Maximum density limit is one person per 2 square metres.

Where the number of people permitted according to the density limit is less than the gathering limit, the lower number applies.

The maximum number of people permitted on a premises includes staff, volunteers, children and babies.

Where practicable, business operators, staff, volunteers and attendees should maintain a distance of 1.5 metres from other people.

Read more about Gatherings, density limits and physical distancing.

Gatherings at households – including shacks – are limited to up to 20 people at any one time, not including residents of the household.

You can travel and stay anywhere within Tasmania, but you must comply with the restrictions on gatherings and household visits.

You should continue to maintain physical distancing at all times when you are out (staying at least 1.5 metres from other people), wash your hands regularly and cover coughs and sneezes. You should not visit others or have visitors to your home if you are unwell.

Read more about Gatherings and physical distancing rules.

Gathering limits are now determined by the density of the area, up to a maximum of:

  • 250 people for an undivided space in an indoor premises; and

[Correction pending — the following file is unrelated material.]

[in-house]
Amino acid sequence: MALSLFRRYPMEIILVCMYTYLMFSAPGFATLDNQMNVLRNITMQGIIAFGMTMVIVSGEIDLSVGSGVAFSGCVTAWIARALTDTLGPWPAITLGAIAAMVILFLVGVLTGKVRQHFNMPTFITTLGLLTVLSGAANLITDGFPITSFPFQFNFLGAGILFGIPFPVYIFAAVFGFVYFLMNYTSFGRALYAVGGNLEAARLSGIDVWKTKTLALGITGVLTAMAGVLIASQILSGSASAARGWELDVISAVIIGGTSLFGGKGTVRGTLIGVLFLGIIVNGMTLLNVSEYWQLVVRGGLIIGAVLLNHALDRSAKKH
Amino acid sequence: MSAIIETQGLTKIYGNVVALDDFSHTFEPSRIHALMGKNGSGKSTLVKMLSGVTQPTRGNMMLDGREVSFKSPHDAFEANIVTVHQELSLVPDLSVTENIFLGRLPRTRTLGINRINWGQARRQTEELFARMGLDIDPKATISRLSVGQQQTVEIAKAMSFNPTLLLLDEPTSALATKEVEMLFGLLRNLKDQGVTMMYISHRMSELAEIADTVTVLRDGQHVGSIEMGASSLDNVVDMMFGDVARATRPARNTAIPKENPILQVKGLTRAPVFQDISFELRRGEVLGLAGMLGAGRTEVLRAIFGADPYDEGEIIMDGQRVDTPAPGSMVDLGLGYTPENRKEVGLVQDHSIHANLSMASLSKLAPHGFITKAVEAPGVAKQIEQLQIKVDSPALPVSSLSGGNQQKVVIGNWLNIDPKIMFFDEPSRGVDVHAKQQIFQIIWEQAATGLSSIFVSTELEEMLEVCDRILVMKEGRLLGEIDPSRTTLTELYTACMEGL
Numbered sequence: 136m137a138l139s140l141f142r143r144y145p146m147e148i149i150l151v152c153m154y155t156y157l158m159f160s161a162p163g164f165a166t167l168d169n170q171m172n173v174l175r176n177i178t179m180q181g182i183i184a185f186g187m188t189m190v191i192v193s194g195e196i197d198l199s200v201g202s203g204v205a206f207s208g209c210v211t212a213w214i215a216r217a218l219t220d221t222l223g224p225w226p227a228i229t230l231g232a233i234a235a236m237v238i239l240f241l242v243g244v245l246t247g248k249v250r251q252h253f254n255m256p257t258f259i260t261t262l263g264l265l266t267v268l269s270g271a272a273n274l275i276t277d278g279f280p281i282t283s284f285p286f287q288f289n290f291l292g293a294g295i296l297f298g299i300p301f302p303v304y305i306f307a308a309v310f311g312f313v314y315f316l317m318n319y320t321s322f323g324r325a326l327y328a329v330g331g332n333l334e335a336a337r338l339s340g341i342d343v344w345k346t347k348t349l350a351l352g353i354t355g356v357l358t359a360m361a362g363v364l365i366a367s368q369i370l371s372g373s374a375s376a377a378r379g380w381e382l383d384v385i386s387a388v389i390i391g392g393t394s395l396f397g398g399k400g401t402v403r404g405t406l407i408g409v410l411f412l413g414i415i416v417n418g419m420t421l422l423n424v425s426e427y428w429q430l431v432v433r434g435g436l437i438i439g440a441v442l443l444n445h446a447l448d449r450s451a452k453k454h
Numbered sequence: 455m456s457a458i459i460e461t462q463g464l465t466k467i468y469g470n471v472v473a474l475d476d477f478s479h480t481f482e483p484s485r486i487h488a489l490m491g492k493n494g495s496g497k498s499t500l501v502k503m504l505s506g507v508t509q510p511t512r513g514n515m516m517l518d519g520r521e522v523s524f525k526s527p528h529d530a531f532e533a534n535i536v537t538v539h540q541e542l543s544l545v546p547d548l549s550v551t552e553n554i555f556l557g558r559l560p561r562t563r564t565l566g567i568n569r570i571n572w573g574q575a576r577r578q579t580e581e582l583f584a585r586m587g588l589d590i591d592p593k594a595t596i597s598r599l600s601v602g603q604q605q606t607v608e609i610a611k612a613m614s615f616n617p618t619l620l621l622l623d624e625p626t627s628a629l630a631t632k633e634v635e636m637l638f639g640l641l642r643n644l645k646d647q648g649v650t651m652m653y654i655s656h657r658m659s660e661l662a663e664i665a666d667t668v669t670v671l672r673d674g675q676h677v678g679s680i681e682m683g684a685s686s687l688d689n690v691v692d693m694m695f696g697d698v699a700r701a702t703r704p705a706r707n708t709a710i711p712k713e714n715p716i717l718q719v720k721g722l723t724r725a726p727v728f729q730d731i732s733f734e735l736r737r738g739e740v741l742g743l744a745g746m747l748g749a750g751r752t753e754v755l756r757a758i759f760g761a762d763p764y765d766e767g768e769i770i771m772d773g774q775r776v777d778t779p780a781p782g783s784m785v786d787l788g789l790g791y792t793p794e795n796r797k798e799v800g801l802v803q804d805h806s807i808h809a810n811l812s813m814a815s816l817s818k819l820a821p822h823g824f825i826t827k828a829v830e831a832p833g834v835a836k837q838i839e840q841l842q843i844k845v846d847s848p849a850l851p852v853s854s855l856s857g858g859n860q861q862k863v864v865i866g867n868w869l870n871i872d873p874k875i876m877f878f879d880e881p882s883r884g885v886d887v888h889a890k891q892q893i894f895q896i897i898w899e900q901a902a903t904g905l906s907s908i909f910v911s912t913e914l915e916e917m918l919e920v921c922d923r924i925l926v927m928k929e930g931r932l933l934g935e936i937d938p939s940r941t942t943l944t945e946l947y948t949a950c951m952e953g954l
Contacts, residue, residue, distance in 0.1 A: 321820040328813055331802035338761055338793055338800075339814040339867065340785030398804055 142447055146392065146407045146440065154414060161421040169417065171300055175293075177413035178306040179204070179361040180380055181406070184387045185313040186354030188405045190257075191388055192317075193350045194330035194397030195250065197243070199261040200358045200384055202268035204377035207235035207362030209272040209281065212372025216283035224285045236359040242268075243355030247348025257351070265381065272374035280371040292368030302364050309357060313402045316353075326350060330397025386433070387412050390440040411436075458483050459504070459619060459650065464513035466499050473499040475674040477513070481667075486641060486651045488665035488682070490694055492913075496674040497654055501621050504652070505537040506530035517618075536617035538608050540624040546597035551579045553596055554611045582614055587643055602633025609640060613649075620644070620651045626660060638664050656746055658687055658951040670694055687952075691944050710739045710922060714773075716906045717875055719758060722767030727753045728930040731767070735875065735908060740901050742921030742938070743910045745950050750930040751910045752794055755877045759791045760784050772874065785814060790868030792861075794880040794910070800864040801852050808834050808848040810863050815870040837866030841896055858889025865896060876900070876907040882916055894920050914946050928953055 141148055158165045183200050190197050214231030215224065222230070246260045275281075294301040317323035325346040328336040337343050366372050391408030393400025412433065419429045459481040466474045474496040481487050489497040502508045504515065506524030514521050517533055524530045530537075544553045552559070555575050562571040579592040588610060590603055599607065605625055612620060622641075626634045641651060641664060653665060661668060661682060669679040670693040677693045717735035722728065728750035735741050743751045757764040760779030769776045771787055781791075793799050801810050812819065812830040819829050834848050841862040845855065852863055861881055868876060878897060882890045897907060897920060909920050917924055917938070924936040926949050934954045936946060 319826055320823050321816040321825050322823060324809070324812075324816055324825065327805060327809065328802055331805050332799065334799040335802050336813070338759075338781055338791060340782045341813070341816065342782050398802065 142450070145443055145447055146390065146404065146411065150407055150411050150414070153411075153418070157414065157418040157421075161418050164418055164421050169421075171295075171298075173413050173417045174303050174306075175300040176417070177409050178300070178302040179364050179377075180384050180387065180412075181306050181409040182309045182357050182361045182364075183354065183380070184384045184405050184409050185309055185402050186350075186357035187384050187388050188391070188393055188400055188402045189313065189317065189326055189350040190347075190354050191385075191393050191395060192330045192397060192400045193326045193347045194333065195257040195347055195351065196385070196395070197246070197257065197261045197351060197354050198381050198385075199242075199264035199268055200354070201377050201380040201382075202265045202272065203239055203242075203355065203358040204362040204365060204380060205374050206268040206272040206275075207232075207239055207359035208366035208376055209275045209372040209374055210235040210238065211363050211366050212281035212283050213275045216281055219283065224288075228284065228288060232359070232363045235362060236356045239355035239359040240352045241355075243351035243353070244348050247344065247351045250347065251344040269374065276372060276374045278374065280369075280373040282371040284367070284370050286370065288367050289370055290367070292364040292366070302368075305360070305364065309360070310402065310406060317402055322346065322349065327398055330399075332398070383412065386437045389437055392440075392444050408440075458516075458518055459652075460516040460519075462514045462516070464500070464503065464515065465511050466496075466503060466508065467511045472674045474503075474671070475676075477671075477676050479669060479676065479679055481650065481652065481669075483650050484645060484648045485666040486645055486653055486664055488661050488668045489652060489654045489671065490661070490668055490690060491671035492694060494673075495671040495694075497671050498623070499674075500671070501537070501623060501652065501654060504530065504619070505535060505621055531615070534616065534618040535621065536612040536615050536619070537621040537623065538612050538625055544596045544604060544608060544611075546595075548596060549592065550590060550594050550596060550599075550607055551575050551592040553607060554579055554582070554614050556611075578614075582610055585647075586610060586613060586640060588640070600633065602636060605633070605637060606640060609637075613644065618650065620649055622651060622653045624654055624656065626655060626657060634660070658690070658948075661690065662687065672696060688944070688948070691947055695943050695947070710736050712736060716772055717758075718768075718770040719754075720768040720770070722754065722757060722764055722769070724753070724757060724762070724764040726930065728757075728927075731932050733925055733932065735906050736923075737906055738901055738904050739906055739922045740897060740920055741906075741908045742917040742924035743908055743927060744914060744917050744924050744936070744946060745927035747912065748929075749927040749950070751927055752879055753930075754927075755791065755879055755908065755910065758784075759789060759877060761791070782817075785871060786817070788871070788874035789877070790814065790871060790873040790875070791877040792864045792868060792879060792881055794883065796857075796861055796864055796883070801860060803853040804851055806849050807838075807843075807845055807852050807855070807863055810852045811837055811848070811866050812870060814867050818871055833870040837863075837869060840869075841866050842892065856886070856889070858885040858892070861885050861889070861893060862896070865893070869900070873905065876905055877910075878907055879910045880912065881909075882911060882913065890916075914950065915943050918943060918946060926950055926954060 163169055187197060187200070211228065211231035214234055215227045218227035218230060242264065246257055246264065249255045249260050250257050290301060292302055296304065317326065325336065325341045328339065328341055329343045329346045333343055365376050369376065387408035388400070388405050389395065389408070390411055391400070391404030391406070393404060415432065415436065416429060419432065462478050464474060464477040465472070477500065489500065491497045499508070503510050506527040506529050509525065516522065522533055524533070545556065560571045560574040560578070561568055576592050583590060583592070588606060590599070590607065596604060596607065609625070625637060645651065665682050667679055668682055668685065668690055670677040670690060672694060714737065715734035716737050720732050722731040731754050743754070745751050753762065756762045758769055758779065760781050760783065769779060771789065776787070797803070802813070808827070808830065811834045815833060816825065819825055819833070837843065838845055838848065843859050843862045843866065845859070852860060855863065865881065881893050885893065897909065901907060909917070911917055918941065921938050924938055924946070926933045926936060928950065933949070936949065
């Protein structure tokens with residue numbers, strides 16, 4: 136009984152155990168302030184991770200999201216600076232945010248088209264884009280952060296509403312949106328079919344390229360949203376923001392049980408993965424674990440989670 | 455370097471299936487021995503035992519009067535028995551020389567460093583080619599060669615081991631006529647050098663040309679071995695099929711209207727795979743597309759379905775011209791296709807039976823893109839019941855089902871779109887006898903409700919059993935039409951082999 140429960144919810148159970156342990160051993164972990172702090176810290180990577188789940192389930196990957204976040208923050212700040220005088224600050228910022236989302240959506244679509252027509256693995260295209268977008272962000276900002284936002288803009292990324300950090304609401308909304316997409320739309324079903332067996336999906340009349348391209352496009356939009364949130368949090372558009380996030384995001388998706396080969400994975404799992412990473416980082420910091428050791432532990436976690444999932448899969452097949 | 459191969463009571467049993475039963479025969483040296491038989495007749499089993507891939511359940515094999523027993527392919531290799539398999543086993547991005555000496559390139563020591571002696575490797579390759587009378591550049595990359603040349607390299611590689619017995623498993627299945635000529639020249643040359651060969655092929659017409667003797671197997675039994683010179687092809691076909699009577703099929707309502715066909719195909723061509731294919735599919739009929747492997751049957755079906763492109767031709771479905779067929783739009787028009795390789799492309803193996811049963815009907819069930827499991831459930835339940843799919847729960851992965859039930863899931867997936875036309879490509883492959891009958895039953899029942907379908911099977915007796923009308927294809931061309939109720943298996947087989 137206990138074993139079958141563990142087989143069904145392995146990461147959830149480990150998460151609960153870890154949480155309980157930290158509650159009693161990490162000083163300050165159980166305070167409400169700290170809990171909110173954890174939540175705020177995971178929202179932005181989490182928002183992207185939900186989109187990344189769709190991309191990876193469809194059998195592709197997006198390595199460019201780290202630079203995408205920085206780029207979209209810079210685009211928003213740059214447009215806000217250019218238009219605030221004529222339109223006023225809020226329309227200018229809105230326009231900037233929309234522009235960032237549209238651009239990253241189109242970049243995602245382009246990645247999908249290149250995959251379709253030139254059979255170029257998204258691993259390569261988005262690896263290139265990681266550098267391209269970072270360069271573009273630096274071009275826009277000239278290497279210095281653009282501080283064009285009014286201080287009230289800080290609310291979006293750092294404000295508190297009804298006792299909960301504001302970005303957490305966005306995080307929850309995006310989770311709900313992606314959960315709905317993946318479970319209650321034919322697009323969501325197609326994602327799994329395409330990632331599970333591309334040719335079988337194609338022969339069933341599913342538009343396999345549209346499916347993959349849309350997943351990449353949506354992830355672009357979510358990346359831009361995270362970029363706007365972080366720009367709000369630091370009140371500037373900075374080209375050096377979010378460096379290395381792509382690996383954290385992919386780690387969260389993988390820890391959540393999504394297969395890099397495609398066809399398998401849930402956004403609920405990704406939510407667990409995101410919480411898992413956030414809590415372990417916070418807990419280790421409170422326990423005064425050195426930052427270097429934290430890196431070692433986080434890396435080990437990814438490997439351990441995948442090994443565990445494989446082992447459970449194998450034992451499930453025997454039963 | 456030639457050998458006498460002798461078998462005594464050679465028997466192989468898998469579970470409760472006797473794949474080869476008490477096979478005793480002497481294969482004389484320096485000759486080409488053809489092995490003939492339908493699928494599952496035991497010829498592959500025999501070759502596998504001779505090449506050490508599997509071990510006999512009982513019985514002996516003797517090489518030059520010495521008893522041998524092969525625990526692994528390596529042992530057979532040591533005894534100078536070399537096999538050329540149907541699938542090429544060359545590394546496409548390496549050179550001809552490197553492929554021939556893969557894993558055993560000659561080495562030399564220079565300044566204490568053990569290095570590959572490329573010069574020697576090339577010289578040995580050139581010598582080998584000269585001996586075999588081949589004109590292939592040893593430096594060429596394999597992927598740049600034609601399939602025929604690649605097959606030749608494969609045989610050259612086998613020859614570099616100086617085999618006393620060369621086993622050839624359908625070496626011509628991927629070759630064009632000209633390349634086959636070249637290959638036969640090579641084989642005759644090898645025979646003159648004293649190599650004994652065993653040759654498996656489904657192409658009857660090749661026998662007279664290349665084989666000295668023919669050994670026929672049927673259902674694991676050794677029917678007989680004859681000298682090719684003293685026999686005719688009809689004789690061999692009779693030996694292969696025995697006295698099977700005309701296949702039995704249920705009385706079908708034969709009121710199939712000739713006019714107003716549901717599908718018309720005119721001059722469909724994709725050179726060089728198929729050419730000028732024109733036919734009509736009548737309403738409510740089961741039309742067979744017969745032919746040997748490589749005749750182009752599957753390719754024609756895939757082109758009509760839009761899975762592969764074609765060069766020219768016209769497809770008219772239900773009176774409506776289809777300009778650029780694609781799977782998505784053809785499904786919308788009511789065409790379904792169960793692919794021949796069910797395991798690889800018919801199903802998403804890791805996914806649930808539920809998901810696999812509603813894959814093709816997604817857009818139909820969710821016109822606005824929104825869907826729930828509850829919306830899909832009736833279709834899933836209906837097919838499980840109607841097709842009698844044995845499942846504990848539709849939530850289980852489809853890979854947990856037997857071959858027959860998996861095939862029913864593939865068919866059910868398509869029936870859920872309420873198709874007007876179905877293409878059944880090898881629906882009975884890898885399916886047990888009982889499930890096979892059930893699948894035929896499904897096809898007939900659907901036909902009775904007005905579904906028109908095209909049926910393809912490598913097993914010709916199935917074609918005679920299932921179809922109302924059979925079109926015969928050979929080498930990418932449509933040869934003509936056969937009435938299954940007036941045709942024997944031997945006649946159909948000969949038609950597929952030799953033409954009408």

• 500 people in an undivided space outdoors.

Maximum density limit is one person per 2 square metres.

Where the number of people permitted according to the density limit is less than the gathering limit, the lower number applies.

For sporting and recreation facilities with multiple indoor or outdoor spaces, the gathering cap applies separately to each single undivided space. For example, a multi-purpose sporting venue with multiple, separate, undivided indoor spaces, could have up to 250 people in each of these spaces (the density limit applies).

The maximum number of people permitted on a premises includes coaches, athletes, staff, volunteers, children and babies.

Sporting and gym facilities must ensure there is at least one staff member or other authorised person present to supervise the premises at all times while it is being used (creation and maintenance of a record is recommended).

Where practicable, attendees should maintain a distance of 1.5 metres from other people.

Sporting activities permitted based on Level C of the AIS Framework for Rebooting Sport, meaning the following are permitted:

  • full contact training
  • full competition sport (contact and non-contact)
  • sharing of equipment where necessary
  • use of change rooms and other shared facilities.

Larger teams should consider maintaining some small group separation at training and non-essential social gatherings should be limited.

Gathering limits and the requirement to maintain physical distancing where practical applies to all sports, exercise and recreation.

Read more about Sport and recreation.

Most parks and reserves (including visitor centres and campgrounds) are open to the public.

For more details visit the PWS website.

You are encouraged to continue to work from home if it works for you and your employer. For example, office workers should be encouraged to work from home to help with physical distancing measures and limit the contact between people.